Steven Fine, a professor of Jewish history at Yeshiva University and director of the school’s Center for Israel Studies, figured an article he published last year in Biblical Archeology Review about ancient tombstones in the Holy Land, would resonate with other archeology buffs.
They were stars of the new music world, or would soon be. Their inclusion in the 1927 festival in Baden-Baden, Germany, meant great things would happen. In less than a decade, they would all be in the United States, sought by the Nazis, who banned their music.
When Roger Bennett offered 54 accomplished young writers and artists a chance to comment on a portion of the Torah, each of them “leaped at the opportunity, like Michelangelo painting the Sistine chapel.” It all began at a networking event for Reboot, a Jewish outreach organization Bennett co-founded in 2002.
When Mitt Romney chose the Wisconsin Rep. Paul Ryan as his running mate in last year’s presidential election, Ayn Rand, the atheist Jewish author whom Ryan credited with inspiring him to seek public service, was also suddenly vaulted to public attention. Rand, a political philosopher and best-selling novelist, glorified individualism and capitalism over governmental power and collective responsibility.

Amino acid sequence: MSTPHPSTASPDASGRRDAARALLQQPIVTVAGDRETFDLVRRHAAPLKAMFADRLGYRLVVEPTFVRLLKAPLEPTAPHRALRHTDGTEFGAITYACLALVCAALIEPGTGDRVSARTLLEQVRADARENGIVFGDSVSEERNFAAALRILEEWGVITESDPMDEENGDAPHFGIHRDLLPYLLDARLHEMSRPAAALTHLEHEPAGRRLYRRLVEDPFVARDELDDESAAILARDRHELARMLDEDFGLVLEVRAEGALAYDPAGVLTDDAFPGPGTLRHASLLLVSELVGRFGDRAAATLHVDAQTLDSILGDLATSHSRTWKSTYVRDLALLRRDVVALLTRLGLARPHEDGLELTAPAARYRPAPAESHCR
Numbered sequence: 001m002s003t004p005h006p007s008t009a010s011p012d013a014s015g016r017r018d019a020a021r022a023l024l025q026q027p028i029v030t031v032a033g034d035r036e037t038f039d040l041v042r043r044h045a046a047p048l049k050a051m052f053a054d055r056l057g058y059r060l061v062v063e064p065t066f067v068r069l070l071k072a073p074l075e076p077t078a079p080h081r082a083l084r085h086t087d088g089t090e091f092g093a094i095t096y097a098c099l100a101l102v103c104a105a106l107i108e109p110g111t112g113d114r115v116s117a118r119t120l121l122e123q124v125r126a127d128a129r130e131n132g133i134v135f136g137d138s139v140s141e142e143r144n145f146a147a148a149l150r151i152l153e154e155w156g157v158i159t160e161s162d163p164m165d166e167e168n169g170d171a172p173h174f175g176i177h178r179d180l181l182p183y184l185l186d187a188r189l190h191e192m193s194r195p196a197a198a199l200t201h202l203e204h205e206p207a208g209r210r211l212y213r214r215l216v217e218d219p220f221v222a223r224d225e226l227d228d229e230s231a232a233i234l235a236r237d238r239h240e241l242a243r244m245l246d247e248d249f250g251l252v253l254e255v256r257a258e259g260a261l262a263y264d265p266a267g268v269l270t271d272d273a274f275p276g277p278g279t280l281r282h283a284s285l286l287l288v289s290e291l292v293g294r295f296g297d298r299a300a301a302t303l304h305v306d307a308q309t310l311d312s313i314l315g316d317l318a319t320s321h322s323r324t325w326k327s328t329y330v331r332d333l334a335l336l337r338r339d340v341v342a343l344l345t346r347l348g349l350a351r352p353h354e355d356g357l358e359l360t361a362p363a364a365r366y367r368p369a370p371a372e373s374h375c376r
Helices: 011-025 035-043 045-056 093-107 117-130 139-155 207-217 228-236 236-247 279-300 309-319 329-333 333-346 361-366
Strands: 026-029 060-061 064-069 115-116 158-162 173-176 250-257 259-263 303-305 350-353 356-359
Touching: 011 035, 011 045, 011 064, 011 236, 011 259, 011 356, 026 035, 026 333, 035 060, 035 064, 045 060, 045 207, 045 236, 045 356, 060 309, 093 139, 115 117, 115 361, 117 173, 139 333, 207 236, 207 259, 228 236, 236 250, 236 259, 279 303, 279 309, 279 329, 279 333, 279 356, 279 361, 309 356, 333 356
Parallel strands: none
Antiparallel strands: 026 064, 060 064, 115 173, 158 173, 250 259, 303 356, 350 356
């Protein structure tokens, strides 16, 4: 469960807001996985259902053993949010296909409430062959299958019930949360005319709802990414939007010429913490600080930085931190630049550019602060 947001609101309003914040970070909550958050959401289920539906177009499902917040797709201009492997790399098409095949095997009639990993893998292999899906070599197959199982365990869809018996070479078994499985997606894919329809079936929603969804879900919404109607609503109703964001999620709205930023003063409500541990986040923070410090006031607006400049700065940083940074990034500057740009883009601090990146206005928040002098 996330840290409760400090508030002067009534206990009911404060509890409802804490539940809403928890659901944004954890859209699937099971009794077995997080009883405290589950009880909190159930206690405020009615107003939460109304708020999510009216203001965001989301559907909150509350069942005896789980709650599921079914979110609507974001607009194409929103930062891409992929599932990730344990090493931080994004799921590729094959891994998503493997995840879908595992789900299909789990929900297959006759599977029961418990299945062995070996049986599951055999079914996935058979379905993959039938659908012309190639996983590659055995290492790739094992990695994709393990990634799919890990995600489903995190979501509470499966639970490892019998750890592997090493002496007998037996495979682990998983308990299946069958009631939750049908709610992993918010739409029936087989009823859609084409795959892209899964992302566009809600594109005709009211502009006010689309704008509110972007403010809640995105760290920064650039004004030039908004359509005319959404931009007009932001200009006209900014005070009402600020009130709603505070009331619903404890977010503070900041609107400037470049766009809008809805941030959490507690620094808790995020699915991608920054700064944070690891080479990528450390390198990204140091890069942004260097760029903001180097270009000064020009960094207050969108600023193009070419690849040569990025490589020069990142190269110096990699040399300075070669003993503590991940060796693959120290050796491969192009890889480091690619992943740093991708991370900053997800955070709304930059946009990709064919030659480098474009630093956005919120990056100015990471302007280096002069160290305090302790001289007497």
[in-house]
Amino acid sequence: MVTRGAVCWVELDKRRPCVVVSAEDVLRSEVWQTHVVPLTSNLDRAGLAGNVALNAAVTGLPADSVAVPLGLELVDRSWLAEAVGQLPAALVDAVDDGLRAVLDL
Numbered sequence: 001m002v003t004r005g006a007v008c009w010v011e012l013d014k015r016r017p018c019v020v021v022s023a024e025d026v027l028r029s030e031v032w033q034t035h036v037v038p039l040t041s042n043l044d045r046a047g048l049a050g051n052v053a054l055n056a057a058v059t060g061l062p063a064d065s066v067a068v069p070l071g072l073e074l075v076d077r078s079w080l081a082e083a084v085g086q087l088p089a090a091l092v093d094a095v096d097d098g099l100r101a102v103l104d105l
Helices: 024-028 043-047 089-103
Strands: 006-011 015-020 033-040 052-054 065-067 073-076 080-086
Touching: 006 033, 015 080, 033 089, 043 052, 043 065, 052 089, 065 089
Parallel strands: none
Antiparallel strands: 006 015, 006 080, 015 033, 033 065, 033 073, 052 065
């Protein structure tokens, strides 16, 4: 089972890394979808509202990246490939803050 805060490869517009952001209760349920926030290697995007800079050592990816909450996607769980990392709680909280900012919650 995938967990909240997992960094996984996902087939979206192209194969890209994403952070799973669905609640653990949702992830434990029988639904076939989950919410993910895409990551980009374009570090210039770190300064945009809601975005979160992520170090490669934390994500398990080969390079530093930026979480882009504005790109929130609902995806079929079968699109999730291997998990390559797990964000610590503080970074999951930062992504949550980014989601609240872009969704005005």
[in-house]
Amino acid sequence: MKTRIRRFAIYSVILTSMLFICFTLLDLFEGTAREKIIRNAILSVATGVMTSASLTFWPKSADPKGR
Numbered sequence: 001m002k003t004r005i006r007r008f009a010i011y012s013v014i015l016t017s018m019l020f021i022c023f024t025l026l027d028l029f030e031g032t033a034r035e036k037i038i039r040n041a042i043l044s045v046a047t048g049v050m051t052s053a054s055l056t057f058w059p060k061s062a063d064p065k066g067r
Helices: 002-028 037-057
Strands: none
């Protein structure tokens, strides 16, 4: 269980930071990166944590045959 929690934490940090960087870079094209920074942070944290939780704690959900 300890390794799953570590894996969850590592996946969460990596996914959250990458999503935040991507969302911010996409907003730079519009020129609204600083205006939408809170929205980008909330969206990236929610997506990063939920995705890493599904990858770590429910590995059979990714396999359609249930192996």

For 30 years, Hank Sheinkopf has been offering his advice to candidates and his analysis of the political landscape to the media. Now, he’s also fielding questions about halacha and offering comfort to the spiritually afflicted — as a newly ordained Orthodox rabbi.
Sheinkopf was granted smicha on July 5 from Rabbi Yitzchak Yehuda Yaroslavsky of Kfar Chabad, the Lubavitch enclave in Israel. Since the rabbi speaks no English, Sheinkopf completed his exam in Hebrew, which he has been studying at home on the Upper West Side.